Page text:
[17] The district court granted defendants' motion and dismissed the complaint in its entirety. In its decision, however, the court relied upon considerable factual material that was not in the complaint, but was set forth by defendants in their memorandum of law. In essence defendants advanced, and the court accepted, the factual contention that LaBounty was not qualified to work in the electrical maintenance program.

[18] Rules 12(b)(1) and 12(h)(3) provide no basis for relief to defendants. Relief, if at all, would have to be based on Fed. R. Civ. P. 12(b)(6). Upon such a motion, all factual allegations in the complaint must be taken as true and construed favorably to the plaintiff. Ortiz v. Cornetta, 867 F.2d 146, 149 (2d Cir. 1989); see Scheuer v. Rhodes, 416 U.S. 232, 236, 40 L. Ed. 2d 90, 94 S. Ct. 1683 (1974); Conley v. Gibson, 355 U.S. 41, 45-48, 2 L. Ed. 2d 80, 78 S. Ct. 99 (1957). Rule 12(b)(6) does not give the district court authority to consider matters outside the pleadings; it simply delineates the procedures which must be followed in testing the legal sufficiency of a complaint. Kopec v. Coughlin, 922 F.2d 152, 155 (2d Cir. 1991). If the movant wishes to test the factual underpinnings of the complaint, it may submit proper evidence outside the pleadings and move for summary judgment under Rule 56. Id. at 154-55. The nonmovant must then be given an opportunity to respond. Id.

[19] The defendants argue on appeal that LaBounty's allegations are not sufficient to state a claim for discriminatory treatment, since they do not amount to a claim that the white inmates referred to were given positions in the maintenance electrician program. But such an allegation is not necessary to avoid dismissal of this pro se complaint. LaBounty did allege that similarly-situated white inmates were given work assignments without having to complete any 90-day program, while LaBounty, who is black, had the additional obstacles placed in his way. LaBounty further alleged that "all persons assigned as institution electricians are non-Black and there are witnesses who can testify that it has been that way for the past ten (10) years that they know of." Thus, his complaint not only alleges that he was treated differently because of his race, but also, drawing a fair inference, that black inmates in the past have been treated differently because of their race. We think these allegations by a pro se prisoner sufficiently set forth an equal protection claim.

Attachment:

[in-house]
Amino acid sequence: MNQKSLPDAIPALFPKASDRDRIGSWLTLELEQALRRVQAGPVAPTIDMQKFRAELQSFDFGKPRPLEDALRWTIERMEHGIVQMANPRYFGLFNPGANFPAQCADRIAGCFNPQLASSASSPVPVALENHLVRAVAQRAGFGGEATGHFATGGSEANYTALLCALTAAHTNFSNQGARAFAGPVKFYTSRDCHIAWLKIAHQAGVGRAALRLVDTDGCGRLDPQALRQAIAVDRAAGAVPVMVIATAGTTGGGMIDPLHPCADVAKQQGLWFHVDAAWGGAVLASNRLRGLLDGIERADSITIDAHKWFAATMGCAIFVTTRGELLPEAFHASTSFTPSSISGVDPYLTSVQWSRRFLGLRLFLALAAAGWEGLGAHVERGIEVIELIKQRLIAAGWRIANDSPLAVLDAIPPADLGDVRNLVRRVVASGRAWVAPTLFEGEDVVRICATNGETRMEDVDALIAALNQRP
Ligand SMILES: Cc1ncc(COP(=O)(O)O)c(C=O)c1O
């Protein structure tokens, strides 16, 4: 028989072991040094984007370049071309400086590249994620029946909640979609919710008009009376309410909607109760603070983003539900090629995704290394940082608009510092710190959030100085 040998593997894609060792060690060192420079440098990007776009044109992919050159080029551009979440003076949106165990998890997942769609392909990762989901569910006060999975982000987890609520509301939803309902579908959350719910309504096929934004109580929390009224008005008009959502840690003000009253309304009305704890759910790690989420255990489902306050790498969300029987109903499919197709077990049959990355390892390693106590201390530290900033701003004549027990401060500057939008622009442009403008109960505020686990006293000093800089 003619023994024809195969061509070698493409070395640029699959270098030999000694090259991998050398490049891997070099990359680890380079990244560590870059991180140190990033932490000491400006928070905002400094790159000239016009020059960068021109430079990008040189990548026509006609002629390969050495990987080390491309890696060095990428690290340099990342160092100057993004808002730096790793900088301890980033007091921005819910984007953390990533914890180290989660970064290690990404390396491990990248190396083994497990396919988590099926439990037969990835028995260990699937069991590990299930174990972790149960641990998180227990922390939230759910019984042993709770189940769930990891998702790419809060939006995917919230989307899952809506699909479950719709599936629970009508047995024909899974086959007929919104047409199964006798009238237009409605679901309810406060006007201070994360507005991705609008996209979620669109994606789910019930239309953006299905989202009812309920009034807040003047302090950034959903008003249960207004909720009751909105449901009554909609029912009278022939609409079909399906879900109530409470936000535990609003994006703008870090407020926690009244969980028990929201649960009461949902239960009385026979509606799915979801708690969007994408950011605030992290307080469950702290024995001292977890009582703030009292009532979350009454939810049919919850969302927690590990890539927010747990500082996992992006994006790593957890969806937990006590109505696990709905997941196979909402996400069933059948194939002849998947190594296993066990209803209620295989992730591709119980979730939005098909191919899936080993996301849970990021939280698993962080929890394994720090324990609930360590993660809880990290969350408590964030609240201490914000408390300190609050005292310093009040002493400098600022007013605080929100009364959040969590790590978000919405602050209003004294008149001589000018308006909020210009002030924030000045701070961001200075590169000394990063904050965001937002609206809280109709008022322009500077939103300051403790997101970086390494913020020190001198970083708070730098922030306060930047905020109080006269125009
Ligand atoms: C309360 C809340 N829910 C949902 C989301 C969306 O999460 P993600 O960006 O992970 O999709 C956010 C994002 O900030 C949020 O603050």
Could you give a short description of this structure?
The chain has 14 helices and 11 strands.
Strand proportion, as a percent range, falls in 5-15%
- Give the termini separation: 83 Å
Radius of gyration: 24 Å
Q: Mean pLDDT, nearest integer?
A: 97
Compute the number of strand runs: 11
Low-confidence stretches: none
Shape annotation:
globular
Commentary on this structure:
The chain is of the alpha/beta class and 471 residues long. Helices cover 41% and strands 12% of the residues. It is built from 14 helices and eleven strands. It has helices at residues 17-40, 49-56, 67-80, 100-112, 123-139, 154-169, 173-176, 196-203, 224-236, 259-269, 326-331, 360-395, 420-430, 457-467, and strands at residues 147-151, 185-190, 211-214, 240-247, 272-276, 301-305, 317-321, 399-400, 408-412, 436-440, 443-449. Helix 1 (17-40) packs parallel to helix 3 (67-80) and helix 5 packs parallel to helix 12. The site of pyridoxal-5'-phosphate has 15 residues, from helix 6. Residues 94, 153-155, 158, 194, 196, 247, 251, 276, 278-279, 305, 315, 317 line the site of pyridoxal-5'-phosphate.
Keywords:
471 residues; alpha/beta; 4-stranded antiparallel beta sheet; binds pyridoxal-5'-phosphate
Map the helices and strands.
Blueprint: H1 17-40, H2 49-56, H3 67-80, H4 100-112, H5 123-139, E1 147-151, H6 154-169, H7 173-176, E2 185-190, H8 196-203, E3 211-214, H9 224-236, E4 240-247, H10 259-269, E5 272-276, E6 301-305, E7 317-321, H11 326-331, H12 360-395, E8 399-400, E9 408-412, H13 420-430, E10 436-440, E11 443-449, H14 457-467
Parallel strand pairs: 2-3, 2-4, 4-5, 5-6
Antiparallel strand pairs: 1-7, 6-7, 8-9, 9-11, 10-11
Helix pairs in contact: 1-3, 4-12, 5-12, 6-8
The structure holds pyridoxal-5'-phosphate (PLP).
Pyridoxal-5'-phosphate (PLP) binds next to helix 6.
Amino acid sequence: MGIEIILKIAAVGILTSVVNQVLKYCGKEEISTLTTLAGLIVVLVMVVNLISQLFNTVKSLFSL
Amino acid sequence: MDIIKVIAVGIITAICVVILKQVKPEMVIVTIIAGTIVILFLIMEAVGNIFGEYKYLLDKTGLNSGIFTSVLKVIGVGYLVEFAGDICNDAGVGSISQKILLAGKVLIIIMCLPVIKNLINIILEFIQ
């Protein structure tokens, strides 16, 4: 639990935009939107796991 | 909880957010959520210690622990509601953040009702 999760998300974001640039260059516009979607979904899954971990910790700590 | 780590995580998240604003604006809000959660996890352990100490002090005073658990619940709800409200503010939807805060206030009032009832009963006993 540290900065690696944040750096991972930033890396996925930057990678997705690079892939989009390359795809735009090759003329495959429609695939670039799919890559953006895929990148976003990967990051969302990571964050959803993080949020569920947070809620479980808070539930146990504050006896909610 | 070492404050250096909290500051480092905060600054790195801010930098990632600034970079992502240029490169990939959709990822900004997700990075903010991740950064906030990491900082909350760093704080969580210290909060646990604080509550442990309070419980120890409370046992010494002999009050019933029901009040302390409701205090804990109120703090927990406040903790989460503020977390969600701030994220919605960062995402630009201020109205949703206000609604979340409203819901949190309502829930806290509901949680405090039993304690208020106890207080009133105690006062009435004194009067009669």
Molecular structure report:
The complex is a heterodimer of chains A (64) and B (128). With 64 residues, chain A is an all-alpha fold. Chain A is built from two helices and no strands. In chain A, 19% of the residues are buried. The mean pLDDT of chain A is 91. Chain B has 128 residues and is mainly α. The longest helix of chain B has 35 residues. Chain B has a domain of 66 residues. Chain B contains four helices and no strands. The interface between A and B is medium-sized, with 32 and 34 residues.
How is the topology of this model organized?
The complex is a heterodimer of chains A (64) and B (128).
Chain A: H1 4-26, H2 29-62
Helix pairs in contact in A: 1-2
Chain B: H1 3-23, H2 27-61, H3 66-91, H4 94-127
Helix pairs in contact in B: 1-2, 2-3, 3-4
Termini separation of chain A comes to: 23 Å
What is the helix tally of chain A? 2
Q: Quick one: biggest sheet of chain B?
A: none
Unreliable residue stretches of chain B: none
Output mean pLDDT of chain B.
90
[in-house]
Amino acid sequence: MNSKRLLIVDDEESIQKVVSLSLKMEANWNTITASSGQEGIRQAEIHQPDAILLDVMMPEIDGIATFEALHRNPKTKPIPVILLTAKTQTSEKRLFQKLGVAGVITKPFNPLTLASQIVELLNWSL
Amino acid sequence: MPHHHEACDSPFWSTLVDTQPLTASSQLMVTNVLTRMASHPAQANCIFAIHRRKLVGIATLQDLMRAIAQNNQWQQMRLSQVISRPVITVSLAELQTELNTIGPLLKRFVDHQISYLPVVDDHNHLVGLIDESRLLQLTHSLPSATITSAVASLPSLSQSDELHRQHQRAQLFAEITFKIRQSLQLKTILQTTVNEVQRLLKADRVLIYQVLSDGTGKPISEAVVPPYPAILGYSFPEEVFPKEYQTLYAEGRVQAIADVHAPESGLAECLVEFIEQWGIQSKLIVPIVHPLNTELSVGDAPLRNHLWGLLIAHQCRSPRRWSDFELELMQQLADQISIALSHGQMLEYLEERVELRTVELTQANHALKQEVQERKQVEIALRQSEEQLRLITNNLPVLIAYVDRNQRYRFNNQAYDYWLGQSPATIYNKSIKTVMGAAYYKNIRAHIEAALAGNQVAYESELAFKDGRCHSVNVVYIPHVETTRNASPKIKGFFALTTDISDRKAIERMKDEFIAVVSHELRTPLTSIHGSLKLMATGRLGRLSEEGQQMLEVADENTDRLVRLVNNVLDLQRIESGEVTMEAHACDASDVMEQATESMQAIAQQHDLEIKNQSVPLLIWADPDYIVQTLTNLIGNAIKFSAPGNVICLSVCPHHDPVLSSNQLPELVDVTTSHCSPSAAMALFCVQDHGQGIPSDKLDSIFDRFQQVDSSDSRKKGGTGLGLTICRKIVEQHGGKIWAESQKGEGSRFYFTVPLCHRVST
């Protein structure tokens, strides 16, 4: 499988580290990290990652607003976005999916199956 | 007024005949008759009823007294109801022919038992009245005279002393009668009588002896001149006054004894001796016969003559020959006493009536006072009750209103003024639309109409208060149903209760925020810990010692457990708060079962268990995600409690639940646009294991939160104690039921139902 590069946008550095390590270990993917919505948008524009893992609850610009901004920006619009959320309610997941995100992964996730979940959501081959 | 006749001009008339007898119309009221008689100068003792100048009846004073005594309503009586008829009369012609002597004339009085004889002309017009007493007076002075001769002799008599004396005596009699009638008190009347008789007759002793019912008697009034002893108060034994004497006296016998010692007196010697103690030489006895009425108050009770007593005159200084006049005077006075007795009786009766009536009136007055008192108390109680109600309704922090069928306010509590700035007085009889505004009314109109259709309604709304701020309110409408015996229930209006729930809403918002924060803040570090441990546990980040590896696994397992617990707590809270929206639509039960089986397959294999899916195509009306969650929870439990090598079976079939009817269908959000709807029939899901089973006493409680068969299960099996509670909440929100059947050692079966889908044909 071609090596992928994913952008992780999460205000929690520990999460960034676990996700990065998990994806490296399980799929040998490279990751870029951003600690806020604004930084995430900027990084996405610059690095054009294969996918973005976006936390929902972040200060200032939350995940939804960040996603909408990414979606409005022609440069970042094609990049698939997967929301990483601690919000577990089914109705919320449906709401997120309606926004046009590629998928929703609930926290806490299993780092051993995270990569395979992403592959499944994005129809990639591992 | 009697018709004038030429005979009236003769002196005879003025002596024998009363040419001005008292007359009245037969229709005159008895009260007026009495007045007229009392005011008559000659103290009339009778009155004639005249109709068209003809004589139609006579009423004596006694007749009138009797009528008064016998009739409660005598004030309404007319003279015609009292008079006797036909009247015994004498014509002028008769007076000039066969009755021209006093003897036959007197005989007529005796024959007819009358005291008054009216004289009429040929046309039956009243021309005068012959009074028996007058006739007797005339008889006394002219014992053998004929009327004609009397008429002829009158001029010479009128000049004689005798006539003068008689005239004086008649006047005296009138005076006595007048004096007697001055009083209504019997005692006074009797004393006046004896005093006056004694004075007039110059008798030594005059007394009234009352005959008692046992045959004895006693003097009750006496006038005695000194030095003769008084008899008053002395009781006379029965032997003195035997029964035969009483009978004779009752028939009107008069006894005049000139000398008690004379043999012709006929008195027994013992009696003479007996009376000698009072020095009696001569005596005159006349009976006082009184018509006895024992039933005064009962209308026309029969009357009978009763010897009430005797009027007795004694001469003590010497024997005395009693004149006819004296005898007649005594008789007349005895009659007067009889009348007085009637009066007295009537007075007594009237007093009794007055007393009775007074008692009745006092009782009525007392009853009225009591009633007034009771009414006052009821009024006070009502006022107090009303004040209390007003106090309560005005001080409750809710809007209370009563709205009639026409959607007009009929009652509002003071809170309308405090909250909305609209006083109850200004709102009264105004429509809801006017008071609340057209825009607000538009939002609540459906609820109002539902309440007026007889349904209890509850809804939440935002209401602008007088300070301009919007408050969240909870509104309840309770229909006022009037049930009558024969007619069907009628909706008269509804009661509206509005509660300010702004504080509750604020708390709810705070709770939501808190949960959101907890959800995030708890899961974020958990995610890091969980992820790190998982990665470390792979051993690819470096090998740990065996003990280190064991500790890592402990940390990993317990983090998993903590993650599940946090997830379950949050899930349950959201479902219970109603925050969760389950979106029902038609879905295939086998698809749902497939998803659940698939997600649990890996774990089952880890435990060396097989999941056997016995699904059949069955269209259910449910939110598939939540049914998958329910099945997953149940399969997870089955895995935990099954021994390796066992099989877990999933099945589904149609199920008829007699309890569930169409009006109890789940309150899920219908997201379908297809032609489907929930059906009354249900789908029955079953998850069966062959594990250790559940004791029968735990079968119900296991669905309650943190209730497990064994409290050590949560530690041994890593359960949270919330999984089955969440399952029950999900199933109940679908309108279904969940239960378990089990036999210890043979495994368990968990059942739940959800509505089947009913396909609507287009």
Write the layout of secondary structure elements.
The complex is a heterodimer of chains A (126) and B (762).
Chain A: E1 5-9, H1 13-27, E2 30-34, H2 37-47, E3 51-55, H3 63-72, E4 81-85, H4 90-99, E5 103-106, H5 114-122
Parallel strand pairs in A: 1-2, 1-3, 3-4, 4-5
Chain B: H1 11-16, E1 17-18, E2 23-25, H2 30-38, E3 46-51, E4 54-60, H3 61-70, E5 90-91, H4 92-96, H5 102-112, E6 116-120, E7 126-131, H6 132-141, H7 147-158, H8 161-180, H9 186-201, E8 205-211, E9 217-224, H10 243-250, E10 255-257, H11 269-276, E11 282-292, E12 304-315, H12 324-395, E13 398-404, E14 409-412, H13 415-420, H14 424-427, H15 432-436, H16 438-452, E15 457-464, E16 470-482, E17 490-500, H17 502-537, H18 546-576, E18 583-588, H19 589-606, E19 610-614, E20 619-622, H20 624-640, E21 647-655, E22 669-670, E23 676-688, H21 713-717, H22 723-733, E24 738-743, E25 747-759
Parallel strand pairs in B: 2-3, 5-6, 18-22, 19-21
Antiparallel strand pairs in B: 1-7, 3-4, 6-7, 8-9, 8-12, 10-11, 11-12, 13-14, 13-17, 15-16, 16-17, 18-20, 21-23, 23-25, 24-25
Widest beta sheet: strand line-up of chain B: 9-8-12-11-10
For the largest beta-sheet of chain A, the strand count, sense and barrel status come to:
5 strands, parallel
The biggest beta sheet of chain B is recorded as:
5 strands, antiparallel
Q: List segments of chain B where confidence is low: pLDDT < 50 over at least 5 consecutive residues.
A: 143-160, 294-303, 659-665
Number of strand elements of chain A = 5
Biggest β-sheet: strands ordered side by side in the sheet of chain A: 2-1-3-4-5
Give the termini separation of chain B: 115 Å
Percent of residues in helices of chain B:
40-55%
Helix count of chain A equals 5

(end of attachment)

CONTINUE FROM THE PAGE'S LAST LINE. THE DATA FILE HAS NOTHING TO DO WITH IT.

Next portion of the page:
[20] As to his eighth amendment claim, LaBounty alleges, based on the same facts, that "the refusal to allow plaintiff an electrician assignment due to my race, subjected him to cruel and unusual punishment" [ sic ]. To constitute a violation of the cruel and unusual punishment clause of the eighth amendment, a prisoner must allege something akin to "unnecessary and wanton infliction of pain", Gregg v. Georgia, 428 U.S. 153, 173, 49 L. Ed. 2d 859, 96 S. Ct. 2909 (1976) (joint opinion of Stewart, Powell, and Stevens, JJ.), or punishment "incompatible with 'the evolving standards of decency that mark the progress of a maturing society.'" Estelle v. Gamble, 429 U.S. 97, 102, 50 L. Ed. 2d 251, 97 S. Ct. 285 (1976) (quoting Trop v. Dulles, 356 U.S. 86, 101, 2 L. Ed. 2d 630, 78 S. Ct. 590 (1958)).

[21] The conduct of which LaBounty complains -- exclusion from the prison's maintenance electrician program -- does not even constitute "punishment", let alone punishment that is "cruel and unusual". Consequently, his eighth amendment claim, being facially invalid, was properly dismissed.

[22] Although the portion of LaBounty's complaint which alleges that the denial of a prison work assignment constituted cruel and unusual punishment was properly dismissed because it was facially invalid, the remainder of his complaint, taking all facts as true, paints a sufficient picture of racial discrimination in violation of his right to equal protection of the laws to survive dismissal at the pleading stage. Consequently, that portion of his complaint should not have been dismissed under Fed. R. Civ. P. 12(b)(6).

[23] We affirm the judgment in part, reverse the judgment in part, and remand for further proceedings on LaBounty's equal protection claim.

[24] Disposition

[25] Affirmed in Part; Reversed and Remanded in Part.